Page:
An academic journal has removed an essay that made “The Case for Colonialism” after the journal editor allegedly received “credible threats of personal violence.”
“The Case for Colonialism,” written by Portland State University political science professor Bruce Gilley and published in Third World Quarterly, made the case that “countries that embraced their colonial inheritance, by and large, did better than those that spurned it.”
Since supporting Western colonialism is a taboo — as Gilley points out in his abstract — the essay was immediately met with pushback. More than 10,000 people signed a change.org petition calling for the editor of Third World Quarterly and the journal publisher to retract the article.
The summary of the “The Case for Colonialism” piece on the Taylor & Francis website (which publishes Third World Quarterly) now shows a “WITHDRAWAL NOTICE.” The withdrawal notice mentions that while the essay went through double-blind peer review, it was being taken down due to threats of violence:
This Viewpoint essay has been withdrawn at the request of the academic journal editor, and in agreement with the author of the essay. Following a number of complaints, Taylor & Francis conducted a thorough investigation into the peer review process on this article. Whilst this clearly demonstrated the essay had undergone double-blind peer review, in line with the journal's editorial policy, the journal editor has subsequently received serious and credible threats of personal violence. These threats are linked to the publication of this essay. As the publisher, we must take this seriously. Taylor & Francis has a strong and supportive duty of care to all our academic editorial teams, and this is why we are withdrawing this essay.
The Chronicle of Higher Education reports Gilley wrote on his own website, “I regret the pain and anger that it has caused for many people.” However, Minding the Campus claims Gilley now regrets the decision to have the article pulled.
Despite the outrage the article created, academics have been standing against the publisher’s decision to pull the piece:
Wow. "The Case for Colonialism" was a bad essay, but journal editors should never be pressured with violent threats into withdrawing pieces. pic.twitter.com/aubXbOb2wB— Alexander Lanoszka (@ALanoszka) October 8, 2017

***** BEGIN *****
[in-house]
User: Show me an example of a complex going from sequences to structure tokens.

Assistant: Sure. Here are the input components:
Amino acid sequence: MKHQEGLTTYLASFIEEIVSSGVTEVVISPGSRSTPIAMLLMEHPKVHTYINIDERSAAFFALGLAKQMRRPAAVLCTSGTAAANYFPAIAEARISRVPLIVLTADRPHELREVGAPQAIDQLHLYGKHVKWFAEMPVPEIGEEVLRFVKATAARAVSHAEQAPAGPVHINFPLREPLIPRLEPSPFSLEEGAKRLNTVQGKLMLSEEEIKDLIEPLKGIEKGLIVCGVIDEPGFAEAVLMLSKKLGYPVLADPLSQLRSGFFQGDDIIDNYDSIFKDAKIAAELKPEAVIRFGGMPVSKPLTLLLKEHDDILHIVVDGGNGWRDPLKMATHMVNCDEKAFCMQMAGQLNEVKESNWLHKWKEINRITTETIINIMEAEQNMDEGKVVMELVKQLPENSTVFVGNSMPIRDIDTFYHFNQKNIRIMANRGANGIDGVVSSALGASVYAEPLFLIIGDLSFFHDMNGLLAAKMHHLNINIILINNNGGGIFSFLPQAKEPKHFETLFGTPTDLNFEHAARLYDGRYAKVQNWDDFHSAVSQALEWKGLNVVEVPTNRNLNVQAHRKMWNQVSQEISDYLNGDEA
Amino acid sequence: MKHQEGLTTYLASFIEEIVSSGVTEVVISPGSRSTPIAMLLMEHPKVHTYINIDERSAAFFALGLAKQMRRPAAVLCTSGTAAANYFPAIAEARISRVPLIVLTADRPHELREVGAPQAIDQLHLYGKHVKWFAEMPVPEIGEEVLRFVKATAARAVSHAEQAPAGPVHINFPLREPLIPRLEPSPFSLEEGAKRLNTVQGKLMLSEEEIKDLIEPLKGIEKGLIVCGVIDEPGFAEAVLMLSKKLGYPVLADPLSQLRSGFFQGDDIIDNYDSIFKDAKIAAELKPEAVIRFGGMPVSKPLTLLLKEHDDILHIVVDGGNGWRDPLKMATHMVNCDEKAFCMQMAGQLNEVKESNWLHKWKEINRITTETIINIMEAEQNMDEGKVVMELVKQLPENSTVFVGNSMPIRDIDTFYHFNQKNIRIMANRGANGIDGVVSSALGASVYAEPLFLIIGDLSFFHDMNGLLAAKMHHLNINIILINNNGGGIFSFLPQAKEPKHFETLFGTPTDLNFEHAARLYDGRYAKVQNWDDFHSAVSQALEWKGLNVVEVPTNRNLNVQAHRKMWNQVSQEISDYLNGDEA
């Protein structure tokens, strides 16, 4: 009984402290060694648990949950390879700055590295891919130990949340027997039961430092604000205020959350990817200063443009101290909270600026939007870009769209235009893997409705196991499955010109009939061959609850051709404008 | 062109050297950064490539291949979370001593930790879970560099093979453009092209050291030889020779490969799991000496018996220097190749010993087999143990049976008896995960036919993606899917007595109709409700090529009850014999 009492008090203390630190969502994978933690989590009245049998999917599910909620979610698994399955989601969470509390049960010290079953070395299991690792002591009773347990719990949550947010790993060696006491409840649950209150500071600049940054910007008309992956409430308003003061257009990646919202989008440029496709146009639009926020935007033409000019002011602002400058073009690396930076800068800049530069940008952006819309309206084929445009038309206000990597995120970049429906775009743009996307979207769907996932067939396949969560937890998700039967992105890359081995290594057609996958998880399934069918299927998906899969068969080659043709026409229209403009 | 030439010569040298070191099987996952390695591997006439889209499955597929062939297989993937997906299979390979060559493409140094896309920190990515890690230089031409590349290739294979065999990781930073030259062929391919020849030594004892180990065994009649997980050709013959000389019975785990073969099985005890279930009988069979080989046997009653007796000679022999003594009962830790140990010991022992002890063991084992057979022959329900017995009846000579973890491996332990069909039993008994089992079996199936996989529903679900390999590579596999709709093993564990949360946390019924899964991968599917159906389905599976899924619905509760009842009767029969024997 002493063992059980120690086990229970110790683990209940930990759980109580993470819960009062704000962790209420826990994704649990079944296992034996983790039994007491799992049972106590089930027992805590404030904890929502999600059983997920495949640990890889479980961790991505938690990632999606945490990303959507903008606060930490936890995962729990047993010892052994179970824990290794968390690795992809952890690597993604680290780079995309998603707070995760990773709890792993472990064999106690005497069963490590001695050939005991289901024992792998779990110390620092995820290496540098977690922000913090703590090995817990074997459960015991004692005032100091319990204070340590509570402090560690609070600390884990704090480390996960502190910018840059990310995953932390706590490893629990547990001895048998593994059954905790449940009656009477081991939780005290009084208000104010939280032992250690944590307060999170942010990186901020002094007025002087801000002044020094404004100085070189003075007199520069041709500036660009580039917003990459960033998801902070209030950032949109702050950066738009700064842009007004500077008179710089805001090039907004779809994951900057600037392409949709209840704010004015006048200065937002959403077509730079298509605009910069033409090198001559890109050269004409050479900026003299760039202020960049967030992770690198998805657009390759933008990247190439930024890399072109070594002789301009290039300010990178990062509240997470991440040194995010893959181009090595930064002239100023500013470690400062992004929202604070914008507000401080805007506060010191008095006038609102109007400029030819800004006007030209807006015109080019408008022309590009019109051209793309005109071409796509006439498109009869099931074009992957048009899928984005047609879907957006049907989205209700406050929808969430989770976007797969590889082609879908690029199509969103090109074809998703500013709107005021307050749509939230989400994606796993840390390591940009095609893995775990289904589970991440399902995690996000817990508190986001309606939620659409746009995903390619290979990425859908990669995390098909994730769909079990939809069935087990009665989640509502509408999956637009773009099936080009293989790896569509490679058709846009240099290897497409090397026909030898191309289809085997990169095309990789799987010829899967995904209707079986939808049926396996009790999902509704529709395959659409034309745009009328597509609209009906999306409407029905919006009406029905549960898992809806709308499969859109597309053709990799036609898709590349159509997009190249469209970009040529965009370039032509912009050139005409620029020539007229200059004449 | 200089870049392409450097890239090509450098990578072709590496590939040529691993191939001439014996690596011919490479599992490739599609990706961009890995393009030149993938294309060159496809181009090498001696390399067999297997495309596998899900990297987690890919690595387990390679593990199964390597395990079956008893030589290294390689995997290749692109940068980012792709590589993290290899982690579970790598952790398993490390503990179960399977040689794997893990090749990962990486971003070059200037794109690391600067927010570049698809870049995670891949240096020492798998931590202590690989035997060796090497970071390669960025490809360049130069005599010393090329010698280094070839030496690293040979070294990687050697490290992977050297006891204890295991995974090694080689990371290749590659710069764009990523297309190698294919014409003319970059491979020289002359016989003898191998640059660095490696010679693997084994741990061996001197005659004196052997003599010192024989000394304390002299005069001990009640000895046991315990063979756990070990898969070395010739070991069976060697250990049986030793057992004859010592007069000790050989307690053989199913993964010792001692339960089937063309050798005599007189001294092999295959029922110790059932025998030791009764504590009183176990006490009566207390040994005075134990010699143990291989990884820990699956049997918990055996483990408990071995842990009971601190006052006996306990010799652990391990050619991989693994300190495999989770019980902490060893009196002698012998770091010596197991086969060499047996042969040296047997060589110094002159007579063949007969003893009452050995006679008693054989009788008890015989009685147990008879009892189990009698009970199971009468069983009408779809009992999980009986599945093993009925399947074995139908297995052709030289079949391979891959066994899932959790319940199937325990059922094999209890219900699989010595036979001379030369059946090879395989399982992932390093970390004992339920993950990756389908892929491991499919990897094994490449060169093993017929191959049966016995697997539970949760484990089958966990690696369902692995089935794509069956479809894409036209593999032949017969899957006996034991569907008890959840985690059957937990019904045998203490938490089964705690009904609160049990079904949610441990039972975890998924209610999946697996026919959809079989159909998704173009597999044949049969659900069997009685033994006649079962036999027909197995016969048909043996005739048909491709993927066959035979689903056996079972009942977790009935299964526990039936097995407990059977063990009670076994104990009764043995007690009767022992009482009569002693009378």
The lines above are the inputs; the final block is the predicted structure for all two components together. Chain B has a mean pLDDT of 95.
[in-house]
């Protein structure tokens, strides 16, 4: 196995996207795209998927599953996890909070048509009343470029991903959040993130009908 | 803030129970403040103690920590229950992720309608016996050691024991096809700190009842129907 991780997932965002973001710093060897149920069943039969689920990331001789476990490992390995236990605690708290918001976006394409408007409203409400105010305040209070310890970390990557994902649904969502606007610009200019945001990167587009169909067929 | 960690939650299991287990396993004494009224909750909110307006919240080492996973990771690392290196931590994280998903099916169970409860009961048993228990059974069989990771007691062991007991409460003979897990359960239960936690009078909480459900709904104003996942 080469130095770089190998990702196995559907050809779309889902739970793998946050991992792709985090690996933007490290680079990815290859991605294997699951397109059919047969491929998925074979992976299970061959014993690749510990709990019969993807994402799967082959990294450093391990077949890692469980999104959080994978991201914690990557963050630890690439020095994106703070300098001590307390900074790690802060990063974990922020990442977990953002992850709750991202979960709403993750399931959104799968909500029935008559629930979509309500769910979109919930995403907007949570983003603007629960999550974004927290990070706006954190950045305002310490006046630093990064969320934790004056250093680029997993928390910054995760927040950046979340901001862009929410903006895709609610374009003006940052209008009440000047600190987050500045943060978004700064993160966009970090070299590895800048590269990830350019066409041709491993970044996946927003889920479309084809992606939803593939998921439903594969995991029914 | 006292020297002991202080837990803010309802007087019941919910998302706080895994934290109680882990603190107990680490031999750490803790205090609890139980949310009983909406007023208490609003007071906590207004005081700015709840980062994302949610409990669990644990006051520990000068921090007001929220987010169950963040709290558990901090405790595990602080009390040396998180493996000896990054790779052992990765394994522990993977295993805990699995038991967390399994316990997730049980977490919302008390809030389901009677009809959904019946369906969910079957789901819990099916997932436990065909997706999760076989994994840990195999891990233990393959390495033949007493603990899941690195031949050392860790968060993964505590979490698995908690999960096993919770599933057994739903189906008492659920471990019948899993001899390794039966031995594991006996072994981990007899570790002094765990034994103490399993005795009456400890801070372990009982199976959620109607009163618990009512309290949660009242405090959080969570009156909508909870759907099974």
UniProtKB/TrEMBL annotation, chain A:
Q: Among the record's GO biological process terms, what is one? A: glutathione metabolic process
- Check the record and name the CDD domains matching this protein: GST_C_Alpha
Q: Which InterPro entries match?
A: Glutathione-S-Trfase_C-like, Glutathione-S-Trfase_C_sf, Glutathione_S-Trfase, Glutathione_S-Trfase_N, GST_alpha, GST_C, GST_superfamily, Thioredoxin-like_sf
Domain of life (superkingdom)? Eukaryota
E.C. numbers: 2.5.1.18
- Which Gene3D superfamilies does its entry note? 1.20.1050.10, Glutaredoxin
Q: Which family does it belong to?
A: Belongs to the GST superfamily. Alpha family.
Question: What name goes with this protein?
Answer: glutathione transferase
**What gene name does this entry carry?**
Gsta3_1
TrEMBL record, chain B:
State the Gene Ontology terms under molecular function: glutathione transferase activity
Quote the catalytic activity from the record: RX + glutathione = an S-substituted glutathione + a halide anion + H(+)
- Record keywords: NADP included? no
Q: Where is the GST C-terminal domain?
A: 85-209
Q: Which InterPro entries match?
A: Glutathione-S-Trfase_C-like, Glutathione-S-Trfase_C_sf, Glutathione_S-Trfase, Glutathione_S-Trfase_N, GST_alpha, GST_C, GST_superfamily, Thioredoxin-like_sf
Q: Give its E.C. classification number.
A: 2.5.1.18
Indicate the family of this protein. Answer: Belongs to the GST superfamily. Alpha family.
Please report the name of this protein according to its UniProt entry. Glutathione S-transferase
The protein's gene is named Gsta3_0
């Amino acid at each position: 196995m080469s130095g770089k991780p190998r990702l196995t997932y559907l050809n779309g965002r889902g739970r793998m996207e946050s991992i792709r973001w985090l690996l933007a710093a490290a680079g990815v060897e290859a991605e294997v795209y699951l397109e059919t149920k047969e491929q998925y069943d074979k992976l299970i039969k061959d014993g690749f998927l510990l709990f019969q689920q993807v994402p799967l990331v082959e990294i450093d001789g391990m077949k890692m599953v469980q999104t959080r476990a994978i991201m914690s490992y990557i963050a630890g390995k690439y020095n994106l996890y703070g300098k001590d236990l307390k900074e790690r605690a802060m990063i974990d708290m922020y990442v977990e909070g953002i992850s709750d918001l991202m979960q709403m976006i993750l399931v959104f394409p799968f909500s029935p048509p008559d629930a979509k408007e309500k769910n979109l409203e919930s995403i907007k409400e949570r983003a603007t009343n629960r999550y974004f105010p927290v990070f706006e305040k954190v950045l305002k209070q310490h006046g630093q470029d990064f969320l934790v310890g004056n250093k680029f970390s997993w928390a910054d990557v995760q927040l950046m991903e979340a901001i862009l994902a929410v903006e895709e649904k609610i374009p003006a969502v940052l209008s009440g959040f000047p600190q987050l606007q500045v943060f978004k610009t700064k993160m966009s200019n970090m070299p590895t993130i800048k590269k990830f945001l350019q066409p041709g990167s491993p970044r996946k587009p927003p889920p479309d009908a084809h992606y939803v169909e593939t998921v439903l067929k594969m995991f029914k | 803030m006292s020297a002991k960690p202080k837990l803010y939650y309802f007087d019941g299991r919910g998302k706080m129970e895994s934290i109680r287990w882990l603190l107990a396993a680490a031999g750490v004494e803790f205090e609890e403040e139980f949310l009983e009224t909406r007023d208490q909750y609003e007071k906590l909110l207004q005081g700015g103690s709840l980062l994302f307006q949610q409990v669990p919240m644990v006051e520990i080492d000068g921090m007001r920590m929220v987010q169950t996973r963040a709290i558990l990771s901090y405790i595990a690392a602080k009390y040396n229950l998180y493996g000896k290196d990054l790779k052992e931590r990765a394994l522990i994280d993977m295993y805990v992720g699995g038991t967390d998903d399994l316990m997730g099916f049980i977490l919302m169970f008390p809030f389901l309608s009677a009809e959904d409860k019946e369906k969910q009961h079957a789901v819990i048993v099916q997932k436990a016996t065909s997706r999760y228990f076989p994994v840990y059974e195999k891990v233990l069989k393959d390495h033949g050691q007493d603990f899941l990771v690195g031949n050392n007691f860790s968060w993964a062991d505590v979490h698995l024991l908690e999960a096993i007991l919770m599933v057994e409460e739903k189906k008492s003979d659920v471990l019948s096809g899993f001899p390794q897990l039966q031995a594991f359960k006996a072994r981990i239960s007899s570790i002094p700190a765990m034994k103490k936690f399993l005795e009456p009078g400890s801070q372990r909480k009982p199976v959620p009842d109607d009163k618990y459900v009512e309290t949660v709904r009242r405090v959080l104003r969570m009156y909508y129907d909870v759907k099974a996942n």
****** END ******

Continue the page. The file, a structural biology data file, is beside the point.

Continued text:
Shocking. That controversial TWQ article finally withdrawn due to threatened violence against the editor. Mob rule.https://t.co/GUQ2cKae9C— Lee Jones (@DrLeeJones) October 8, 2017
Every so called leftist who participated in this witch hunt should hang their heads in shame. You make me sick.— Lee Jones (@DrLeeJones) October 8, 2017
Thug-Review, n: a post Peer Review practice where threats of violence to life, limb, reputation & livelihood determine academic publication. pic.twitter.com/jOICrOiWeu— Eric Weinstein (@EricRWeinstein) October 9, 2017
This is deeply depressing. But rational historical debate on the costs & benefits of empire has long been repudiated by the illiberal left. https://t.co/tGifUd2g2d— Niall Ferguson (@nfergus) October 10, 2017
This article is terrible. But need to retract it because of credible threats to the life of the editor is even worse. pic.twitter.com/C5NTZzhfLH— Yascha Mounk (@Yascha_Mounk) October 10, 2017
Is it "even worse"? Good to know that promoting colonialist violence against whole ethnicities < threatening individual violence 🤔 https://t.co/nuUIIuebNt— Marie I (@magneticcrotch) October 10, 2017
Yes. Yes, Marie, threatening to kill someone is worse than making a terrible argument in an academic journal. Is that so hard to see? 🤔 https://t.co/Fr6bySqYHX— Yascha Mounk (@Yascha_Mounk) October 10, 2017
It should be noted that while many of the supporters of academic freedom point to liberals who have created the threats against Gilley and the journal editor, Gilley has been public about how he believes the American Political Science Association has become “barely distinguishable from the Democratic Party and its far-left wing.”
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